I posted in June about the fact that my social security number (and possibly other personal information) had been downloaded to an unknown site in Eastern Europe as part of a large security breach from the Utah state health department. In connection with that breach, I have filed a complaint with the Office for Civil Rights at HHS (OCR).
I thought readers might like to know, however, that the process of complaining about a HIPAA violation to OCR is cumbersome indeed. There are forms available on line, here. You can open them, and fill in information, but you can’t save them. If you close the form, you lose all the data. You also can’t file them online–you have to print them out and fax them off. (You are helpfully told, however, to “print out a copy for your records.”) I finally figured out that if you save the form to notepad before you fill it out, you can then email it to HHS–but this required a telephone call to the appropriate regional office of HHS.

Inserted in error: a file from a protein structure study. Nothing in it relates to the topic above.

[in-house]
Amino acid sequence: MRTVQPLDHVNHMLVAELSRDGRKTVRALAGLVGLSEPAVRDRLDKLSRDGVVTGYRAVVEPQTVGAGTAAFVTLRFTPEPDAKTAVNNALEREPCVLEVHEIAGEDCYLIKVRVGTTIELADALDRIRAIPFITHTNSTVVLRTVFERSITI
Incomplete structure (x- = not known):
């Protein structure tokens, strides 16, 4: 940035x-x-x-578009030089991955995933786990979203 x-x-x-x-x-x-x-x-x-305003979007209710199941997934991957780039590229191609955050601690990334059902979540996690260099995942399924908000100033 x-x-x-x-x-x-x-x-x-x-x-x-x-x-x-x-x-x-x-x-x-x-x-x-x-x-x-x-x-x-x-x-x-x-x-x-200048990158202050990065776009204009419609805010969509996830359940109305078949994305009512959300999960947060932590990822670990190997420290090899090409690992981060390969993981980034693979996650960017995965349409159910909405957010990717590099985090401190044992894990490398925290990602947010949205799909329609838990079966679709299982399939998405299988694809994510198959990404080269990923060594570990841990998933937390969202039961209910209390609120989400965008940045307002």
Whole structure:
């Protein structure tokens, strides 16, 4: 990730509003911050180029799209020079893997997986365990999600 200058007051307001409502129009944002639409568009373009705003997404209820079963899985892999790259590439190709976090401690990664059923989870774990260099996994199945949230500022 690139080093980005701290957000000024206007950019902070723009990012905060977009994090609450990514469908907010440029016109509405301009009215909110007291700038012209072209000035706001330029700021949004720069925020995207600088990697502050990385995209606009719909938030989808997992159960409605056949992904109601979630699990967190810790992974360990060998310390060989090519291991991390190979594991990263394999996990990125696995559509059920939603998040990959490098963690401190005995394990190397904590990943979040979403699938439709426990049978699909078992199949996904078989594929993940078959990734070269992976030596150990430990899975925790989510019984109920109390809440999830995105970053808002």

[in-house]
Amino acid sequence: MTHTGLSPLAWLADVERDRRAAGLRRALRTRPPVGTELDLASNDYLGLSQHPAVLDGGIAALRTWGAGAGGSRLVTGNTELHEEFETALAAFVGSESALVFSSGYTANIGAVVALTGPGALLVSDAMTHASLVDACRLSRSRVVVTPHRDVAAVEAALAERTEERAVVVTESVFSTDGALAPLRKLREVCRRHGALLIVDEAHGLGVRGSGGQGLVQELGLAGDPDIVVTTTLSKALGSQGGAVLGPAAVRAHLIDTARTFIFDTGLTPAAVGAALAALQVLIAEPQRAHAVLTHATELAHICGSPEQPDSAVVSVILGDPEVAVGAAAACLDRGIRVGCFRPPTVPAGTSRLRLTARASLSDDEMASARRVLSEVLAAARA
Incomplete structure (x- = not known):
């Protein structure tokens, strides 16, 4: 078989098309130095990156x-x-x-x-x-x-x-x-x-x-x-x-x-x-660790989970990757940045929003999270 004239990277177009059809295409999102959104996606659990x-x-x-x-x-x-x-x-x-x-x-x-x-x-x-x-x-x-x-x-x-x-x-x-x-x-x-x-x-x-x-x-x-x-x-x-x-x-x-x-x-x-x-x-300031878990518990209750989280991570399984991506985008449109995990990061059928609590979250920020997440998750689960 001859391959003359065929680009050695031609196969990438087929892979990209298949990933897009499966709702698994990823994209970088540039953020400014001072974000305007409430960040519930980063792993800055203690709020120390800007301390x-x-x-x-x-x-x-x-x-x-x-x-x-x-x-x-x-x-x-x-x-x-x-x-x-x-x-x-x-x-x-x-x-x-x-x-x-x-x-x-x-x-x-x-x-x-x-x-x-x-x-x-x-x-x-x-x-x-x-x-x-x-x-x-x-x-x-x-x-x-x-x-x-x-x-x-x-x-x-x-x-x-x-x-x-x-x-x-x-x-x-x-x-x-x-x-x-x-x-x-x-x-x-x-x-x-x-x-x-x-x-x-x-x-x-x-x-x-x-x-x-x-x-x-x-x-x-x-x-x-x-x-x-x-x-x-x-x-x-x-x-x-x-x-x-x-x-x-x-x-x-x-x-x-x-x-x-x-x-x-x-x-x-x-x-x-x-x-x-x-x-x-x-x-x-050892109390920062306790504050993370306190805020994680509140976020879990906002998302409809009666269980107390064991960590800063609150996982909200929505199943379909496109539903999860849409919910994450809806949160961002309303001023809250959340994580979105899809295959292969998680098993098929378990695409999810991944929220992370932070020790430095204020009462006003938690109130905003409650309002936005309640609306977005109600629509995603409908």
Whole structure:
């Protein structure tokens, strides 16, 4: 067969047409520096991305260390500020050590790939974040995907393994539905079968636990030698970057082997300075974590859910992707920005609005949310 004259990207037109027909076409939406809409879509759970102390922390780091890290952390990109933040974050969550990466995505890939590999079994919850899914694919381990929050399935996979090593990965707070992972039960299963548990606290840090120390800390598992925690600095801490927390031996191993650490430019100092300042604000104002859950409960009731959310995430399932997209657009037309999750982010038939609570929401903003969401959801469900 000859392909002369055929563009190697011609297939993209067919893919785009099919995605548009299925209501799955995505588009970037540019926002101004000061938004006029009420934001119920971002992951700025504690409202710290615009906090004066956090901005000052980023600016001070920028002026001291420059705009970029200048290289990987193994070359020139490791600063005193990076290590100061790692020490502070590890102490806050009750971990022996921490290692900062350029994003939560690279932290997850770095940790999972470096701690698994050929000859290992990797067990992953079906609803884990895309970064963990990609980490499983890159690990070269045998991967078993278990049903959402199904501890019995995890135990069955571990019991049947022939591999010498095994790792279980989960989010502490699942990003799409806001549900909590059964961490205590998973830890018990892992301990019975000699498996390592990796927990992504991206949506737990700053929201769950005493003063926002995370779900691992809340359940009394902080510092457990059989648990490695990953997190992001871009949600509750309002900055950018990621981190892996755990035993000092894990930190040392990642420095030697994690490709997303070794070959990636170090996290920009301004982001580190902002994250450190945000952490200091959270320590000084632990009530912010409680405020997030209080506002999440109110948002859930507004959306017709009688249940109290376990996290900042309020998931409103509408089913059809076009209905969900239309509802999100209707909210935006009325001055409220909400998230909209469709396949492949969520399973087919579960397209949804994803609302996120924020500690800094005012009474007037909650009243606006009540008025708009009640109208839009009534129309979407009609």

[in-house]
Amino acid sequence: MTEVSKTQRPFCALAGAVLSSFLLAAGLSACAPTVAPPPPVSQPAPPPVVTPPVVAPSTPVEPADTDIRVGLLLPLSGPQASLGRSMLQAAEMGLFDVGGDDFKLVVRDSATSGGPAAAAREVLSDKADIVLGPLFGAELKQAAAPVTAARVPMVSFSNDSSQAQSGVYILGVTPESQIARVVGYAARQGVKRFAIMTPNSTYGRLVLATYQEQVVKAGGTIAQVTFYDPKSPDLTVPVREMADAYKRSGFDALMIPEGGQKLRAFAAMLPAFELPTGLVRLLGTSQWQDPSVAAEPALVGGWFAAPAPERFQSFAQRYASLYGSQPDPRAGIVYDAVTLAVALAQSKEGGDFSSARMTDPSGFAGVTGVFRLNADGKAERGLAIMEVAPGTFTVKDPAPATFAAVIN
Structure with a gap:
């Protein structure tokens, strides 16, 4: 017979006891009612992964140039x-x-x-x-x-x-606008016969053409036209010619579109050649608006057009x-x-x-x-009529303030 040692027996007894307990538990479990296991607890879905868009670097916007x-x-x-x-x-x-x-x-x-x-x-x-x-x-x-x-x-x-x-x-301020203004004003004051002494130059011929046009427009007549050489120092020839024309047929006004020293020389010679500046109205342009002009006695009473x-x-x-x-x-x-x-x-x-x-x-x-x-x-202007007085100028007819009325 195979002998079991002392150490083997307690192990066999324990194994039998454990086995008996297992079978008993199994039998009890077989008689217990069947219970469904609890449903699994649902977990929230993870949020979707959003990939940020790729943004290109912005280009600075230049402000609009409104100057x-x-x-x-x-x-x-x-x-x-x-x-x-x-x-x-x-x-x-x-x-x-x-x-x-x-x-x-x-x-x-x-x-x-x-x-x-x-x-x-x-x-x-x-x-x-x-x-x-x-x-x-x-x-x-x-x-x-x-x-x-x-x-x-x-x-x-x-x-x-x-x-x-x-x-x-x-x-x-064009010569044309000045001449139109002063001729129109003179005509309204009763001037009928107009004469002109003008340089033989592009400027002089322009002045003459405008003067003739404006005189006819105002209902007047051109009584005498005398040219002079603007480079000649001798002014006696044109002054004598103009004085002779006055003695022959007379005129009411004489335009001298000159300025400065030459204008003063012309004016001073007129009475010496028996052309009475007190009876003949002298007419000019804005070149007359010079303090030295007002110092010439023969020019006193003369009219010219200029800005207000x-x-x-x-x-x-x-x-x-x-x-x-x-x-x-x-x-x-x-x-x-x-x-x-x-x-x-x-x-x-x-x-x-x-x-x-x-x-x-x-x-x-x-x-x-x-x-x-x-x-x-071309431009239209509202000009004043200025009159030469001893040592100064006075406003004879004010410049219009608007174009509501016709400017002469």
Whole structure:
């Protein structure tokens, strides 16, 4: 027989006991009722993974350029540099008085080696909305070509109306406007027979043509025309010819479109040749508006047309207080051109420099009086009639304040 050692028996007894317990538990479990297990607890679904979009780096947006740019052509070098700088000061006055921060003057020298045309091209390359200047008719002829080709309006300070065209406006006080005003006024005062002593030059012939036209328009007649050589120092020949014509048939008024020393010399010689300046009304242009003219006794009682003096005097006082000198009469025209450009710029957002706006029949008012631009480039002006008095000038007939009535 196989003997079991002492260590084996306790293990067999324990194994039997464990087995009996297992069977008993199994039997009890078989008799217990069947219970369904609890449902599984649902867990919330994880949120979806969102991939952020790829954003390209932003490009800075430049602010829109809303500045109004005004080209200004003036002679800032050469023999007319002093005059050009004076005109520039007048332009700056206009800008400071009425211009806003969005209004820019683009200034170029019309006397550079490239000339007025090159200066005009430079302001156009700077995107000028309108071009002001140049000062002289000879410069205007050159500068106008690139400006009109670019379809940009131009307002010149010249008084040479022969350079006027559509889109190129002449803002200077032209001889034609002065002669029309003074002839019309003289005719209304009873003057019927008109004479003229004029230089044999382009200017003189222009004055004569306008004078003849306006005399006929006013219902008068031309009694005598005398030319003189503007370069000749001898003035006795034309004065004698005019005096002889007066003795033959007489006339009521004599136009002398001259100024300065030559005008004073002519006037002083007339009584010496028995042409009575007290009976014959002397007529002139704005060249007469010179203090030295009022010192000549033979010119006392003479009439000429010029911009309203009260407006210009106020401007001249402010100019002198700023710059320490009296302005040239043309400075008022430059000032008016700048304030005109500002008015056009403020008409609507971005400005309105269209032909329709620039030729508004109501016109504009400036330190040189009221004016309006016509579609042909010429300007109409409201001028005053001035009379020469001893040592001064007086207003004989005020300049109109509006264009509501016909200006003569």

When I pointed out to OCR that this process is not exactly user-friendly, they indicated that they are “working on it.” Imagine someone without a home computer, or a home fax machine, or a home printer, using public library computers in the effort to reach OCR about what they regard as a significant problem with their health information. Surely in a world of blue buttons and digital Medicare strategies, see Responsive Design and the New Medicare.gov, the ability to file a complaint about possible violations of health information security or confidentality should be an easier online process.